Transformations of National Culture in Bron|Broen and The Bridge

Lynge Stegger Gemzøe*

*Corresponding author af dette arbejde

Publikation: Bidrag til tidsskrift/Konferencebidrag i tidsskrift /Bidrag til avisTidsskriftartikelForskning


In the fifth episode of the American television show The Bridge (FX, 2013-14) a serial killer is on the loose on the US-Mexico border. “What the hell is a serial killer?,” a Mexican drug lord asks one of his employees. The employee explains to the drug lord that a serial killer commits murder out of desire and sometimes lust rather than need. The paradox that a murderous Mexican drug lord might not know what a serial killer is can be seen as a humorous introduction to the rough world of Mexican drug cartels. In their world, killing is a natural and necessary part of doing business. It can also be read as a commentary on the United States, where people are apparently so bored with their suburban lives that killing can become a sport – because the serial killer turns out to be an American, of course. In Denmark it is common knowledge what a serial killer is. Everyone who has seen the films The Silence of the Lambs (1991), Se7en (1995), or one of the other popular American fictional features or documentaries about serial killers frequently shown on Danish screens knows the type. In Danish history there has not been a single serial killer that fits the profile of the meticulous, deliberate mass murderer so oft en depicted in American productions like those mentioned above. Yet the fact that The Bridge is a remake of the Danish/Swedish television series Bron|Broen—a show featuring an American-style Danish serial killer and humorous negotiations of the differences between Danish and Swedish national cultures, but no drug lords—suggests that these cultures share some common fears.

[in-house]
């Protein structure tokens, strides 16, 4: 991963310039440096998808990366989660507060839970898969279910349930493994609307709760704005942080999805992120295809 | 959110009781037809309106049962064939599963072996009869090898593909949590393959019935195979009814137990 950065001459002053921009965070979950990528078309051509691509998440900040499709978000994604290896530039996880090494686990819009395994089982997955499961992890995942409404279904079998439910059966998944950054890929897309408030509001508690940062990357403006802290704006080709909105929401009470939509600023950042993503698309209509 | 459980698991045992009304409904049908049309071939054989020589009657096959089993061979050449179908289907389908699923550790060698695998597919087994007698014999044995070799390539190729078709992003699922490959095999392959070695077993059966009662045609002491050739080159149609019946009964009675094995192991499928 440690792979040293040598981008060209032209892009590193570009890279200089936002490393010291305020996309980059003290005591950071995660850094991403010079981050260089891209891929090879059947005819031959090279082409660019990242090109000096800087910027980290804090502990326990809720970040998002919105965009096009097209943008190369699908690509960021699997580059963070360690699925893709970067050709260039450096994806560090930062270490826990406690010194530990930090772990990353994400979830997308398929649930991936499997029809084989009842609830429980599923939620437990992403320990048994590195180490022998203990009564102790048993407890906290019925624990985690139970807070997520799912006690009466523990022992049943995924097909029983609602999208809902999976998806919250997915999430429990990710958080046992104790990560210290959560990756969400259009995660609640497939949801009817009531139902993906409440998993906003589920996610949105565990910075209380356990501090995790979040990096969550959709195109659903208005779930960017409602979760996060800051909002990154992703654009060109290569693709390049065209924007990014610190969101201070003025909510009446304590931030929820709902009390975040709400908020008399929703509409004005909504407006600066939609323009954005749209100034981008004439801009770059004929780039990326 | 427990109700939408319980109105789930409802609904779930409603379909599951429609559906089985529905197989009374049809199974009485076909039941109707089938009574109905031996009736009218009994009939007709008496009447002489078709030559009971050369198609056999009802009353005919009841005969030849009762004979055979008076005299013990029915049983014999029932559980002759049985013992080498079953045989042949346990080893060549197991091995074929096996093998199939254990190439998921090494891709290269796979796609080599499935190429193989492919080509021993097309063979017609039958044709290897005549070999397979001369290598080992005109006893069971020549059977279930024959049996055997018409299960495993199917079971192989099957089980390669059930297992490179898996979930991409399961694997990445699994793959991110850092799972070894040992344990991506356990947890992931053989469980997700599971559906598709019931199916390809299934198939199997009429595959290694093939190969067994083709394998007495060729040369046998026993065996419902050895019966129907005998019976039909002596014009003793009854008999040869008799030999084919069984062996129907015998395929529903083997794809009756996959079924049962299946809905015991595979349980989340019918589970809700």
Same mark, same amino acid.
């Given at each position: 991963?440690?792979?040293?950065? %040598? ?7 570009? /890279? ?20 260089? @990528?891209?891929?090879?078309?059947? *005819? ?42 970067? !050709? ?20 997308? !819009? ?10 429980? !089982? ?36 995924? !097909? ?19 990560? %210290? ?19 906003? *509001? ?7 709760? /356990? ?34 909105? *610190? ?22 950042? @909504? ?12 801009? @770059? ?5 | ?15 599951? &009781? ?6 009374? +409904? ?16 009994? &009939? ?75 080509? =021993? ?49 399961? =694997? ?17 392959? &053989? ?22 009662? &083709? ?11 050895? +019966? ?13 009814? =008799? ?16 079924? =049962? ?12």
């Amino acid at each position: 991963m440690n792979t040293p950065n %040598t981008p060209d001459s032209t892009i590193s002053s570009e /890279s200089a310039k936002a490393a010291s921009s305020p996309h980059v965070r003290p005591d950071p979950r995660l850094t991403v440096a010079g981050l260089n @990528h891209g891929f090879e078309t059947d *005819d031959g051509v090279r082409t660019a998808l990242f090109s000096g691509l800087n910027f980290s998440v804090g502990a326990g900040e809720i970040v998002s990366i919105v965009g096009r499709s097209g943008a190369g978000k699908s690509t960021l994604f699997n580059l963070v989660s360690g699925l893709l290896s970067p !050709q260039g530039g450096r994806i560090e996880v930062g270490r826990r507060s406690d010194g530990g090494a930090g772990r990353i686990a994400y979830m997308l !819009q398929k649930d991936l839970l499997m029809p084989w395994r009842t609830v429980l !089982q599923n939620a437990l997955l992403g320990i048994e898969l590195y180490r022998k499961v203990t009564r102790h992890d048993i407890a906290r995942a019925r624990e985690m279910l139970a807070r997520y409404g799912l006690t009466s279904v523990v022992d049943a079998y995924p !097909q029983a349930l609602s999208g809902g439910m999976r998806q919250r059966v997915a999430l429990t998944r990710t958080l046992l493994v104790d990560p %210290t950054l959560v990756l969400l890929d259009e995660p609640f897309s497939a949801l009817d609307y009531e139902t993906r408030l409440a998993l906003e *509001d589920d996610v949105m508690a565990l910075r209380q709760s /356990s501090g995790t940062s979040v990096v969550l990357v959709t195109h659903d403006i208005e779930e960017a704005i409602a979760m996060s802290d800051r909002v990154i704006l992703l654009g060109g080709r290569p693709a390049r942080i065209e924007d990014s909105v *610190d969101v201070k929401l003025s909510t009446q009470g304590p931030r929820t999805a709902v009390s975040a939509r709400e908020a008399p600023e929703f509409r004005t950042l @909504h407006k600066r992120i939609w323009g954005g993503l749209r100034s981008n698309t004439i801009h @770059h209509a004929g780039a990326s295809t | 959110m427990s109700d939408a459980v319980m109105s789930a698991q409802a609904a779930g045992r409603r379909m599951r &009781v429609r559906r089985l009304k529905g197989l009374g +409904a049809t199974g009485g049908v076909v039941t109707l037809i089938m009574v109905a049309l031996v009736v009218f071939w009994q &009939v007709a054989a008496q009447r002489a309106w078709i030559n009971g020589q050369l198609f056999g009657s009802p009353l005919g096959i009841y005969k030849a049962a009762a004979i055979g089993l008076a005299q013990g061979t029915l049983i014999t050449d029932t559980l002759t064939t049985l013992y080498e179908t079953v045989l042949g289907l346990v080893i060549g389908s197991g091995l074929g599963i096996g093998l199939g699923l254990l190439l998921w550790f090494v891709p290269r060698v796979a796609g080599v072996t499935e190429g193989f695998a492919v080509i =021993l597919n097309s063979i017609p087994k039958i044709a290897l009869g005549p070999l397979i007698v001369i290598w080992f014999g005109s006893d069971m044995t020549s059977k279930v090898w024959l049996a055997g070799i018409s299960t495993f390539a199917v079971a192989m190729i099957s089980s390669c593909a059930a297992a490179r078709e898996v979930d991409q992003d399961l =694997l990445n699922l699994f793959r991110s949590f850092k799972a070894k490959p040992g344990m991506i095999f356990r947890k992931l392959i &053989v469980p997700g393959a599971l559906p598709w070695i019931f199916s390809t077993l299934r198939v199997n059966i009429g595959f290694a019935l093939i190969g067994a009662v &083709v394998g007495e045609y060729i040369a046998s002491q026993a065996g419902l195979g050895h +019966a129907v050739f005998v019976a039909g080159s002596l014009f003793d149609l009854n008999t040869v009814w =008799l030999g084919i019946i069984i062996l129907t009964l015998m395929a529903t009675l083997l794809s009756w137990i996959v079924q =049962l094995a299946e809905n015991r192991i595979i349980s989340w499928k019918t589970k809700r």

TidsskriftThe Bridge
StatusUdgivet - 2017


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